The Authority’s legal counsel and the Legislative Counsel have determined that the TEP requires review under the California Environmental Quality Act (CEQA) and a certified environmental document. As a result, the Authority certified an environmental impact report (EIR) for the Countywide Transportation Plan (CTP) and an addendum for the TEP (see Attachments 5 and 6) for the EIR and the addendum, respectively). Under CEQA, each local jurisdiction is a “Responsible Agency” with respect to the TEP, and therefore is also required to adopt various CEQA findings prior to its approval of the TEP.

Process for Extension of the Sales Tax
Remaining steps for the 25-year extension of the ½ of one percent sales tax, and authorization of the new TEP are as follows:

1. As responsible agencies under CEQA, each city and the County are required to approve various CEQA findings prior to approval of the TEP. These actions are included in the draft resolution in support of the TEP.

2. The TEP must be approved by the city councils of a majority of the cities (at least 10) representing a majority of the population in the incorporated area (approximately 420,000) and by the Board of Supervisors prior to final approval by the Board of the Authority.

3. Approvals are required between now and July 16th, so that the Authority can adopt the TEP as final on July 21st and send Authority Ordinance No. 04-02, which incorporates the final TEP, to the Board of Supervisors for placement on the November 2nd ballot.

4. The Board of Supervisors has until August 6th to call for a special election, in this case the November 2, 2004 general election, and to forward Authority Ordinance No. 04-02 to the County Elections Department for placement on the November 2nd ballot.

5. Ordinance No. 04-02 authorizes extension of the sales tax for 25 years from the date of its current expiration and makes other technical changes. The Ordinance stands as approved by the Authority unless overturned by a majority of the cities representing a majority of the population in the incorporated area, and the Board of Supervisors. The County and cities have 45 days from the date of adoption of Ordinance 04-02 to obtain resolutions of support for the override from the city councils of a majority of the cities having a majority of the population within the incorporated areas and from the Board of Supervisors.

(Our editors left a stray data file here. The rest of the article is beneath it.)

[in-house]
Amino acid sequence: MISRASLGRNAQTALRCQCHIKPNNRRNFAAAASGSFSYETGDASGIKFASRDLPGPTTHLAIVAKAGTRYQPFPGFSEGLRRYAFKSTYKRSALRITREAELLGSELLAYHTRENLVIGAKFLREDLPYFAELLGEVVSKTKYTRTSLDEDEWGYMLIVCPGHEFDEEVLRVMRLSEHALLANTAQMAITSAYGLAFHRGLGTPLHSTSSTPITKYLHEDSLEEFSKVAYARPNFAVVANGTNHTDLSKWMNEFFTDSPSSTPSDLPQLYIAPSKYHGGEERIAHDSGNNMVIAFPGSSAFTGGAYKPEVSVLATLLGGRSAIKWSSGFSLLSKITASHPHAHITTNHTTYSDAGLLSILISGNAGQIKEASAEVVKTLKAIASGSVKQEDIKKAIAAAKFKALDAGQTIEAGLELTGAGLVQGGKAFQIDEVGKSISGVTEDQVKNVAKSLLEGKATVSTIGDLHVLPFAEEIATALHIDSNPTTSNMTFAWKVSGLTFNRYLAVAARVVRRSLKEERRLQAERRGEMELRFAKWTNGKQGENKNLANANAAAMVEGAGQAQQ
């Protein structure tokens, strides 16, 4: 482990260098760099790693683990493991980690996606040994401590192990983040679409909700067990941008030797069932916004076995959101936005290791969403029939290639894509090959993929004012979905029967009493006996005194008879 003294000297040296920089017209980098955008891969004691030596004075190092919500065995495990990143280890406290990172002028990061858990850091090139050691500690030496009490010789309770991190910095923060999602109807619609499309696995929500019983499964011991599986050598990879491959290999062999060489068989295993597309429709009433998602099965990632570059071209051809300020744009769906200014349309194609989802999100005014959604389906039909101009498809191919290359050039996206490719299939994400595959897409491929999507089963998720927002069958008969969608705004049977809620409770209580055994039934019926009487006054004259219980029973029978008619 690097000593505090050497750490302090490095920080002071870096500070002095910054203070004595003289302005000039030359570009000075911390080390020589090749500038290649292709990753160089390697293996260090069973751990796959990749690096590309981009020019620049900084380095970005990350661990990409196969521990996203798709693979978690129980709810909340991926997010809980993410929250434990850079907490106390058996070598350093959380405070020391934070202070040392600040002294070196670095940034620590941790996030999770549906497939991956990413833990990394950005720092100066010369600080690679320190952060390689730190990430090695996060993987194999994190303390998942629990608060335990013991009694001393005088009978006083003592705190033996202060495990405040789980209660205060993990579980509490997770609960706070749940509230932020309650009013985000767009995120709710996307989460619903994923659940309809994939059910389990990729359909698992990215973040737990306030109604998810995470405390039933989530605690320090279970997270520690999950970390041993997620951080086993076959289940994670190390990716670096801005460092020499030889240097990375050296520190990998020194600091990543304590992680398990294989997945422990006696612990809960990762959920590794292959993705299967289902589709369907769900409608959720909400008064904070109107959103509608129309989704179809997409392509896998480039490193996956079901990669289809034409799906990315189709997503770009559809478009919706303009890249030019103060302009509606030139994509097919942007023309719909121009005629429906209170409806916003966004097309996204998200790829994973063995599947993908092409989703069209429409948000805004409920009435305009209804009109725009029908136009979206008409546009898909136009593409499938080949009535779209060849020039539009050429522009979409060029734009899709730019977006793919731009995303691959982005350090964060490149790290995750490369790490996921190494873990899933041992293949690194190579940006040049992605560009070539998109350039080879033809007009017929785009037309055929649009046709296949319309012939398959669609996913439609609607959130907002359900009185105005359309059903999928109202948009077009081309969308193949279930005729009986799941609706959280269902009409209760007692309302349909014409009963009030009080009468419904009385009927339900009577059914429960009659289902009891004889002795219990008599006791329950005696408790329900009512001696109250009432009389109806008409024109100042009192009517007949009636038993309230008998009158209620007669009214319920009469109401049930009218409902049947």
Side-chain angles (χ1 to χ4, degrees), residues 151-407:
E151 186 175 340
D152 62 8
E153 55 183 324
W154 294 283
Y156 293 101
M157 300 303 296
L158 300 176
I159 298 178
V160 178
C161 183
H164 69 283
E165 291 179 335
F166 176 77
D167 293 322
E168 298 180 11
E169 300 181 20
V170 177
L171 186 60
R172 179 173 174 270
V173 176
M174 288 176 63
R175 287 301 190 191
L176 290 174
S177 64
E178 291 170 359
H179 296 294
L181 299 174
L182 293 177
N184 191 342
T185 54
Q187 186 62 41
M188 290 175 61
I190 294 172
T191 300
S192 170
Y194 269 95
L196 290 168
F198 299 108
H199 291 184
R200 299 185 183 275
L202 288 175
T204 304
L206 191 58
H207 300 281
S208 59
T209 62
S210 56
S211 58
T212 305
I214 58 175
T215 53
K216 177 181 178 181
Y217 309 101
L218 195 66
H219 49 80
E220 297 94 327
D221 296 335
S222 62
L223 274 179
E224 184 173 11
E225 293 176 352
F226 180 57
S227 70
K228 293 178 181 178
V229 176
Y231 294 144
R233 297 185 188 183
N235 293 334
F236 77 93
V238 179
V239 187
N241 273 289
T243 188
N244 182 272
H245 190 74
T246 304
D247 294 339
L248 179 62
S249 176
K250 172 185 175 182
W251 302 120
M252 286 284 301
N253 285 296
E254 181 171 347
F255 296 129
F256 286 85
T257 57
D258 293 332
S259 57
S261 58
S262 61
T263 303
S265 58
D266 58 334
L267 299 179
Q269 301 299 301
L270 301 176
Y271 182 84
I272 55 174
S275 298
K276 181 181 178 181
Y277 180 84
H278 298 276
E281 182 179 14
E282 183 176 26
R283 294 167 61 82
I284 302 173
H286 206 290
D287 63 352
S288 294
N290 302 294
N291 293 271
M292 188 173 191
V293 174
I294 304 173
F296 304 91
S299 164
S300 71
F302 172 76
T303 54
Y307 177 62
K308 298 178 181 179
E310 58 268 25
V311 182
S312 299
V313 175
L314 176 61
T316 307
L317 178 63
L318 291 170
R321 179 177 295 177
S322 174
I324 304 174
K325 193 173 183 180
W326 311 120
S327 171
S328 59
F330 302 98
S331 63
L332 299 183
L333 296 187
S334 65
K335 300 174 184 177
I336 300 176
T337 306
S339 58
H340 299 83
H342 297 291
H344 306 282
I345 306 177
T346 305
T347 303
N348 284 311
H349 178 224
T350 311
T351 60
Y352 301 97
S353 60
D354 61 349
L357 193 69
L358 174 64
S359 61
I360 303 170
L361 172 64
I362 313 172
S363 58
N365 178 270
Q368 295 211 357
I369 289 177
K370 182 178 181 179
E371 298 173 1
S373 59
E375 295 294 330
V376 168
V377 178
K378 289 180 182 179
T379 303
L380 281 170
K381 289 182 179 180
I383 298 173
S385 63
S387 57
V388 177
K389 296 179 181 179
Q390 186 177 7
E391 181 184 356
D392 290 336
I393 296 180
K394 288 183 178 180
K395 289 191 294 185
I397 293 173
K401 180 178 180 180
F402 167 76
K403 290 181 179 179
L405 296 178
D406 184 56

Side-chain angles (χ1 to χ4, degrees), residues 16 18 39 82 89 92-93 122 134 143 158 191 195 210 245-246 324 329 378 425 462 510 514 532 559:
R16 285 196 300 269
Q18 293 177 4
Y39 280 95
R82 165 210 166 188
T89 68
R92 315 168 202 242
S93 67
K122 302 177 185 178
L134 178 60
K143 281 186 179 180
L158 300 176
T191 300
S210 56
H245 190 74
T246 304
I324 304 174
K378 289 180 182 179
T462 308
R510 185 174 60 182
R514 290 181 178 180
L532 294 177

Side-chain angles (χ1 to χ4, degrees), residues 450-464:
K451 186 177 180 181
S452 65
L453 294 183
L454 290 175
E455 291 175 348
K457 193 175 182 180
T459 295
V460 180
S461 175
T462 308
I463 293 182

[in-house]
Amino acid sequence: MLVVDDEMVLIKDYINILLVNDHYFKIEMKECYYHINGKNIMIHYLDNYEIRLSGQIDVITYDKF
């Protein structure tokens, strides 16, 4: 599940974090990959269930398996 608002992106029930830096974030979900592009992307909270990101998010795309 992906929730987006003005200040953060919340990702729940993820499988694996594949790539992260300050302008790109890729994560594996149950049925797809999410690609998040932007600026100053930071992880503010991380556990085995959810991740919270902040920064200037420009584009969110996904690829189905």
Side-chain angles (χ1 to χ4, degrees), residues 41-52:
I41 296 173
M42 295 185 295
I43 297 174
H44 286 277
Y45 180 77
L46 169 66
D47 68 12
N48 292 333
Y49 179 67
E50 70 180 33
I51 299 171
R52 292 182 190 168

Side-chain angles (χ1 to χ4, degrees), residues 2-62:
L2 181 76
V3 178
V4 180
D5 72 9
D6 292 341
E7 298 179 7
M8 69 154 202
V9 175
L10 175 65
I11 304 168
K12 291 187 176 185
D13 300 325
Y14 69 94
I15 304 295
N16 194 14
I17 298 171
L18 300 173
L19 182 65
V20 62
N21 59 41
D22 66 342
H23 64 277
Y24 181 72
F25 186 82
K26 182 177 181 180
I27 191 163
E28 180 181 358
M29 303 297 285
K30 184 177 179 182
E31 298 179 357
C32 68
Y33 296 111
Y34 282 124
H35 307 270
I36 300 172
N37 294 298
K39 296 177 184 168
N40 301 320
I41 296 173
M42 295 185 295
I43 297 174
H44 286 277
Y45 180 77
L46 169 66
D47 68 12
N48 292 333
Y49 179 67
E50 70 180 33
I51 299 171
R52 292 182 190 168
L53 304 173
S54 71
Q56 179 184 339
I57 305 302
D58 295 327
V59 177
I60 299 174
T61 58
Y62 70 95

6. Final approval of Ordinance 04-02, including the TEP, requires a two-thirds approval by those voting on the measure as it appears on the November 2, 2004 ballot.

Key Aspects of the TEP
Contra Costa is a very diverse county, and each sub-region – Central, East, Southwest and West – has different needs reflecting its particular circumstances such as its demographics, the degree and concentration of developments, existing or planned, and other factors unique to each. Accordingly, the new TEP was assembled giving significant weight to the needs and interests of each sub-region, as determined by the four Regional Transportation Planning Committees.

To accommodate the diverse needs, address sub-regional priorities, and provide sufficient funding for major investments that polls and focus groups suggest have the strongest support of the voters, the extension is targeted for a 25-year period. It is estimated to generate $2 billion (2003 $) over the life of the extension. The proposed major investments and projects which are of special interest to East County in the TEP include:

• Local streets and roads maintenance and improvement funding
18%, $360 million; allocated annually, the estimated 2003-04 allocation to the City of Brentwood is $347,579
• Caldecott Tunnel, 4th Bore
$125 million
• State Route 4 East Widening (Railroad Avenue to the intersection of Highway 4 and Highway 160)
$125 million
• I-680 Carpool Lane Gap Closure/Transit Corridor Improvements
$100 million
• Transit for seniors and people with disabilities
$100 million